What is home? What is family? In Junebug, screenwriter Angus MacLachlan and director Phil Morrison, look at these questions from their North Carolinian roots.
For Madeleine this is a very different experience from her life. She is somewhat rootless. She was born of British parents in
Entering into the world of George's family is a bit of a shock for her. George seems to be very much of her world, but his family is a typical, working class, Middle American home. They are religious (Southern Baptist to be precise), and George is well known in church for his voice. Madeleine had no idea that George had anything to do with church. Madeleine really has no idea of who George really is. Madeleine quickly finds herself as the outsider.
In the art world, the "outsider" is someone to be fascinated with -- someone out of the ordinary that draws attention because he or she isn't part of the more orthodox art community. That may manifest itself in wonder or condescension. In
The filmmakers do a wonderful job of presenting the family without being condescending. This isn't about a city girl meeting country hicks. This is far more an exploration of a world that many people know, but that isn't very well represented in films. Films are often referred to as a "slice of life," but that slice is often not a center cut. We far more often see the edges of life.
MacLachlan and Morrison give us a taste of typical life. All the characters are believable: the taciturn father, the mother who is in charge of the home, the younger brother who is resentful of all the praise the elder brother gets, the bubbly sister-in-law. It is a family with its share of relational problems, but nothing out of the ordinary.
Even when they show us those of the community who are out of the ordinary, we perceive them as real. The film begins with a hollerer sharing a particularly local form of vocal art. The outsider art that Madeleine is seeking is done by a very odd man, but even then it is not done in such a way as to degrade him.
That Madeleine finds herself such an outsider reflects a bit of the class divide in society and reflected in films. More people live like George's family than life like George and Madeleine. But films show us many more people like George and Madeleine. That becomes a model that we think we should be aiming for. Like George's brother, we may feel left out when we have a typical everyday job and life.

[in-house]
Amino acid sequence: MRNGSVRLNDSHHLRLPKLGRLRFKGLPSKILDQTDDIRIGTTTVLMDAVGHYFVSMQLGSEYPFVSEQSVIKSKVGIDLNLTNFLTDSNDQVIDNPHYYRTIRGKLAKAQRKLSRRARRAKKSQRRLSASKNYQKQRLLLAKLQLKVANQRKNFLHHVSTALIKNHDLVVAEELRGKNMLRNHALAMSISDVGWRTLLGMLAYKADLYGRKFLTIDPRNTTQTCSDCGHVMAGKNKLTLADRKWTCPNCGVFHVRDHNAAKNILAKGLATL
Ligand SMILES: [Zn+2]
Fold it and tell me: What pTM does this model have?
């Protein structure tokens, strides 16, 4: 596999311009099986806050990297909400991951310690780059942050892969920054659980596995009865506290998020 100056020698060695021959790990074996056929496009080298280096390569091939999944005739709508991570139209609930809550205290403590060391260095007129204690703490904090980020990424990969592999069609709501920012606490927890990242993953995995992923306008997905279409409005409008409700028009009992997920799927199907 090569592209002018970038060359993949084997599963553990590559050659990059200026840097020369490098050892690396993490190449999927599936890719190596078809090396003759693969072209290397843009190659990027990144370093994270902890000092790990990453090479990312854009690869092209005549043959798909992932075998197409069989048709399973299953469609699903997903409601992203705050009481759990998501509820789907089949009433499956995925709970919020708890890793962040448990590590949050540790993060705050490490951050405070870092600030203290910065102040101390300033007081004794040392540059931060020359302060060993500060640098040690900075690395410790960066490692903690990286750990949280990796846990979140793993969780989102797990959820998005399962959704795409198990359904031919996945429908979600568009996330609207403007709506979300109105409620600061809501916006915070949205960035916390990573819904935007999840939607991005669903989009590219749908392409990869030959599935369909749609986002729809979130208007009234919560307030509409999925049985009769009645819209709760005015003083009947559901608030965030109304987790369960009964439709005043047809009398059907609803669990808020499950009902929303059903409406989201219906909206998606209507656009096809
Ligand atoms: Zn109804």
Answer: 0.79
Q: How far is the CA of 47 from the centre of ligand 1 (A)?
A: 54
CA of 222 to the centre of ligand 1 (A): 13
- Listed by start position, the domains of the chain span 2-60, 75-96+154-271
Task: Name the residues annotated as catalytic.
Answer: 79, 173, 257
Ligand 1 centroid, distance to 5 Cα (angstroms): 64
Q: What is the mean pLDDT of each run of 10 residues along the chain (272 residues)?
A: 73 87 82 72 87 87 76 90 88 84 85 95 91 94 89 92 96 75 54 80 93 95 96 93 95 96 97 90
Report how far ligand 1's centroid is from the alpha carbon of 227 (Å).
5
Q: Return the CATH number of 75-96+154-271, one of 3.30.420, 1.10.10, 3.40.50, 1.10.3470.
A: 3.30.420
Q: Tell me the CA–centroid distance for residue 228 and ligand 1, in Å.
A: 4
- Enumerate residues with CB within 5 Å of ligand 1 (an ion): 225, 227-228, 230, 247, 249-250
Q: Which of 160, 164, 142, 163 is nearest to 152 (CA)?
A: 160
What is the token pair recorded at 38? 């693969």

Like many families, this one has its problems, but when crisis comes, they all know their roles and how they fit together. All, that is, except Madeleine. Her rootlessness has made it hard to know how to respond to a family crisis. She is still too busy with her own life to be fully involved with the family.
The end of the film is somewhat problematic. After the crisis, George has found his place in the family once more. It's possible to move on and perhaps even for Madeleine to find her own place in the family. But too soon, the couple leaves to go back to
What seemed like a family affirming film suddenly becomes a negation of the theme that has been developed.... The bonds that we saw in action return too quickly to alienation. It is as if the filmmakers, who have treated this life with respect and perhaps even love as they portrayed these people, want us to know that even though it's their roots, they don't really want to be part of it.
That's too bad, because the people they have shown us are well worth meeting.